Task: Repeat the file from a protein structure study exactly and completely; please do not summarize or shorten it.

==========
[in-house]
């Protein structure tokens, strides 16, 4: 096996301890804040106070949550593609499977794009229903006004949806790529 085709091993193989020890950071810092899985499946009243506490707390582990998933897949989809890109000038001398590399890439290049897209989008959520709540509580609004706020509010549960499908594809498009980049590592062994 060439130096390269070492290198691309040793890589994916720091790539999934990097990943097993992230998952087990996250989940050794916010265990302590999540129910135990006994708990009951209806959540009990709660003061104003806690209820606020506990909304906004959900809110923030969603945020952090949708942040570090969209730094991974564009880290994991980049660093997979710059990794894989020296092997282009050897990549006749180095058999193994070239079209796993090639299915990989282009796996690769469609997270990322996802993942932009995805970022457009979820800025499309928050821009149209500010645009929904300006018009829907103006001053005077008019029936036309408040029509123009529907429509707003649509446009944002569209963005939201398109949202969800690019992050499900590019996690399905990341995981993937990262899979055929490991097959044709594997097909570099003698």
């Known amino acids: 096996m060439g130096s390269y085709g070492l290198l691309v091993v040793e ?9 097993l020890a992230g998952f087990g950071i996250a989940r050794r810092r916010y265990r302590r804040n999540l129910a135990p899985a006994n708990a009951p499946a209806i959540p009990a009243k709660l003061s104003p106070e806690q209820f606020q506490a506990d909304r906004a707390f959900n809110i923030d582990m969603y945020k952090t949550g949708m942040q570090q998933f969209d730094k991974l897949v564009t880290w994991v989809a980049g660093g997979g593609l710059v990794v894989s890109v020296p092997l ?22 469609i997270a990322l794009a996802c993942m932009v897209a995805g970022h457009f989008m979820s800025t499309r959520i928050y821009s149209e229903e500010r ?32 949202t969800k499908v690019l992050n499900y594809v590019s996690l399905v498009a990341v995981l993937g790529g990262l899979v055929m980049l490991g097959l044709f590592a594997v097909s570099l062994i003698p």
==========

[in-house]
């Protein structure tokens, strides 16, 4: 096996301890804040106070949550593609499977794009229903006004949806790529 085709091993193989020890950071810092899985499946009243506490707390582990998933897949989809890109000038001398590399890439290049897209989008959520709540509580609004706020509010549960499908594809498009980049590592062994 060439130096390269070492290198691309040793890589994916720091790539999934990097990943097993992230998952087990996250989940050794916010265990302590999540129910135990006994708990009951209806959540009990709660003061104003806690209820606020506990909304906004959900809110923030969603945020952090949708942040570090969209730094991974564009880290994991980049660093997979710059990794894989020296092997282009050897990549006749180095058999193994070239079209796993090639299915990989282009796996690769469609997270990322996802993942932009995805970022457009979820800025499309928050821009149209500010645009929904300006018009829907103006001053005077008019029936036309408040029509123009529907429509707003649509446009944002569209963005939201398109949202969800690019992050499900590019996690399905990341995981993937990262899979055929490991097959044709594997097909570099003698």
């Known amino acids: 096996m060439g130096s390269y085709g070492l290198l691309v091993v040793e ?9 097993l020890a992230g998952f087990g950071i996250a989940r050794r810092r916010y265990r302590r804040n999540l129910a135990p899985a006994n708990a009951p499946a209806i959540p009990a009243k709660l003061s104003p106070e806690q209820f606020q506490a506990d909304r906004a707390f959900n809110i923030d582990m969603y945020k952090t949550g949708m942040q570090q998933f969209d730094k991974l897949v564009t880290w994991v989809a980049g660093g997979g593609l710059v990794v894989s890109v020296p092997l ?22 469609i997270a990322l794009a996802c993942m932009v897209a995805g970022h457009f989008m979820s800025t499309r959520i928050y821009s149209e229903e500010r ?32 949202t969800k499908v690019l992050n499900y594809v590019s996690l399905v498009a990341v995981l993937g790529g990262l899979v055929m980049l490991g097959l044709f590592a594997v097909s570099l062994i003698p």